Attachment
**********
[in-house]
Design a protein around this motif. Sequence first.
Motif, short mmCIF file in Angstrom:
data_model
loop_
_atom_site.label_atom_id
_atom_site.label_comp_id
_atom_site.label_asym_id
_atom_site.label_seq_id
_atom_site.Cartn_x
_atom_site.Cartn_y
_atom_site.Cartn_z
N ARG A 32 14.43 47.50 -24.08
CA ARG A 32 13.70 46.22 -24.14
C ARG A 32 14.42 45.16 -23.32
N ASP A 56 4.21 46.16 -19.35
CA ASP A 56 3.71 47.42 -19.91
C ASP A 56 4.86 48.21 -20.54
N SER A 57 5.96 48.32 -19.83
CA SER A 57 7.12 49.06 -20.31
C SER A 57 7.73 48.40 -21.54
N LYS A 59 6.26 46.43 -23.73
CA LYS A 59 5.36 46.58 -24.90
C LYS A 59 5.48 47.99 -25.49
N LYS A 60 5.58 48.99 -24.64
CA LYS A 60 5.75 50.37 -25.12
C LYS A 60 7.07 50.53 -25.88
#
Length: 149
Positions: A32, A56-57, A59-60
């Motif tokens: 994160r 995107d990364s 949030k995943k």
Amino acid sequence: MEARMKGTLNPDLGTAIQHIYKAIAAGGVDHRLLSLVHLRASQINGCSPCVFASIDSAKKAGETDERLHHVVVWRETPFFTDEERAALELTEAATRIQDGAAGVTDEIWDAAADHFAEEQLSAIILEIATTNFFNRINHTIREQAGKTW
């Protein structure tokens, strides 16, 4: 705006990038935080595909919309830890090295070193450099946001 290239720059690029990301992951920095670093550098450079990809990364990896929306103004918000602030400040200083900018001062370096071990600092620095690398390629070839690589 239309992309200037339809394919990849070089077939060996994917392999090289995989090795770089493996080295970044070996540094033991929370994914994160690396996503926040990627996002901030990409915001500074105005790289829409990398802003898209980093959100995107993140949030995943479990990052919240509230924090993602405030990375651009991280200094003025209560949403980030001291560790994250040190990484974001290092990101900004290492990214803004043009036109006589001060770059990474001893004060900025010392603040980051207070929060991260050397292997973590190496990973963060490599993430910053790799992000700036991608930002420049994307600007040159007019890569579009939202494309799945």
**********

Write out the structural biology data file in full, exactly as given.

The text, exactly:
[in-house]
Design a protein around this motif. Sequence first.
Motif, short mmCIF file in Angstrom:
data_model
loop_
_atom_site.label_atom_id
_atom_site.label_comp_id
_atom_site.label_asym_id
_atom_site.label_seq_id
_atom_site.Cartn_x
_atom_site.Cartn_y
_atom_site.Cartn_z
N ARG A 32 14.43 47.50 -24.08
CA ARG A 32 13.70 46.22 -24.14
C ARG A 32 14.42 45.16 -23.32
N ASP A 56 4.21 46.16 -19.35
CA ASP A 56 3.71 47.42 -19.91
C ASP A 56 4.86 48.21 -20.54
N SER A 57 5.96 48.32 -19.83
CA SER A 57 7.12 49.06 -20.31
C SER A 57 7.73 48.40 -21.54
N LYS A 59 6.26 46.43 -23.73
CA LYS A 59 5.36 46.58 -24.90
C LYS A 59 5.48 47.99 -25.49
N LYS A 60 5.58 48.99 -24.64
CA LYS A 60 5.75 50.37 -25.12
C LYS A 60 7.07 50.53 -25.88
#
Length: 149
Positions: A32, A56-57, A59-60
């Motif tokens: 994160r 995107d990364s 949030k995943k």
Amino acid sequence: MEARMKGTLNPDLGTAIQHIYKAIAAGGVDHRLLSLVHLRASQINGCSPCVFASIDSAKKAGETDERLHHVVVWRETPFFTDEERAALELTEAATRIQDGAAGVTDEIWDAAADHFAEEQLSAIILEIATTNFFNRINHTIREQAGKTW
């Protein structure tokens, strides 16, 4: 705006990038935080595909919309830890090295070193450099946001 290239720059690029990301992951920095670093550098450079990809990364990896929306103004918000602030400040200083900018001062370096071990600092620095690398390629070839690589 239309992309200037339809394919990849070089077939060996994917392999090289995989090795770089493996080295970044070996540094033991929370994914994160690396996503926040990627996002901030990409915001500074105005790289829409990398802003898209980093959100995107993140949030995943479990990052919240509230924090993602405030990375651009991280200094003025209560949403980030001291560790994250040190990484974001290092990101900004290492990214803004043009036109006589001060770059990474001893004060900025010392603040980051207070929060991260050397292997973590190496990973963060490599993430910053790799992000700036991608930002420049994307600007040159007019890569579009939202494309799945």